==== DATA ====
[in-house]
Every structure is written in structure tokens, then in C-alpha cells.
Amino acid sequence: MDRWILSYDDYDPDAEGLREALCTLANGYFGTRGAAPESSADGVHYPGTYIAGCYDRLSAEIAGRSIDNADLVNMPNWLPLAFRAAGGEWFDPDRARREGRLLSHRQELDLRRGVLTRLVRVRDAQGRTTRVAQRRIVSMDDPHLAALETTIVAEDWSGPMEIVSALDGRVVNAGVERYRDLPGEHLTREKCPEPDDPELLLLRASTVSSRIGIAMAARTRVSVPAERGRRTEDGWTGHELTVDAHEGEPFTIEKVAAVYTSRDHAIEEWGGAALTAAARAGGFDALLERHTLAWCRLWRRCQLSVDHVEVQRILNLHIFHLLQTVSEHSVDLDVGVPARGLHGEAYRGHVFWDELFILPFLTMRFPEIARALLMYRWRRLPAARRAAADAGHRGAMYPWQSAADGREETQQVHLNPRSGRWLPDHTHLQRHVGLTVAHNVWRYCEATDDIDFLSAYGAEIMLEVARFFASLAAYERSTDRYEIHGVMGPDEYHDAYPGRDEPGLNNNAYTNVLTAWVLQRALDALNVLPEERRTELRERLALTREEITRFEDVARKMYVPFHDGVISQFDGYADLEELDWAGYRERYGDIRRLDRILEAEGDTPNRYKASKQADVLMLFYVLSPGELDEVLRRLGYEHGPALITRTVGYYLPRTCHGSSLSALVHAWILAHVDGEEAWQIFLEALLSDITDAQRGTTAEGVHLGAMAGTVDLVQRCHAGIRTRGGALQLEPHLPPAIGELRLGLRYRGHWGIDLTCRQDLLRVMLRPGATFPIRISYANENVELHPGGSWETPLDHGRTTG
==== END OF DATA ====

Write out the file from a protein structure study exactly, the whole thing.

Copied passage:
[in-house]
Every structure is written in structure tokens, then in C-alpha cells.
Amino acid sequence: MDRWILSYDDYDPDAEGLREALCTLANGYFGTRGAAPESSADGVHYPGTYIAGCYDRLSAEIAGRSIDNADLVNMPNWLPLAFRAAGGEWFDPDRARREGRLLSHRQELDLRRGVLTRLVRVRDAQGRTTRVAQRRIVSMDDPHLAALETTIVAEDWSGPMEIVSALDGRVVNAGVERYRDLPGEHLTREKCPEPDDPELLLLRASTVSSRIGIAMAARTRVSVPAERGRRTEDGWTGHELTVDAHEGEPFTIEKVAAVYTSRDHAIEEWGGAALTAAARAGGFDALLERHTLAWCRLWRRCQLSVDHVEVQRILNLHIFHLLQTVSEHSVDLDVGVPARGLHGEAYRGHVFWDELFILPFLTMRFPEIARALLMYRWRRLPAARRAAADAGHRGAMYPWQSAADGREETQQVHLNPRSGRWLPDHTHLQRHVGLTVAHNVWRYCEATDDIDFLSAYGAEIMLEVARFFASLAAYERSTDRYEIHGVMGPDEYHDAYPGRDEPGLNNNAYTNVLTAWVLQRALDALNVLPEERRTELRERLALTREEITRFEDVARKMYVPFHDGVISQFDGYADLEELDWAGYRERYGDIRRLDRILEAEGDTPNRYKASKQADVLMLFYVLSPGELDEVLRRLGYEHGPALITRTVGYYLPRTCHGSSLSALVHAWILAHVDGEEAWQIFLEALLSDITDAQRGTTAEGVHLGAMAGTVDLVQRCHAGIRTRGGALQLEPHLPPAIGELRLGLRYRGHWGIDLTCRQDLLRVMLRPGATFPIRISYANENVELHPGGSWETPLDHGRTTG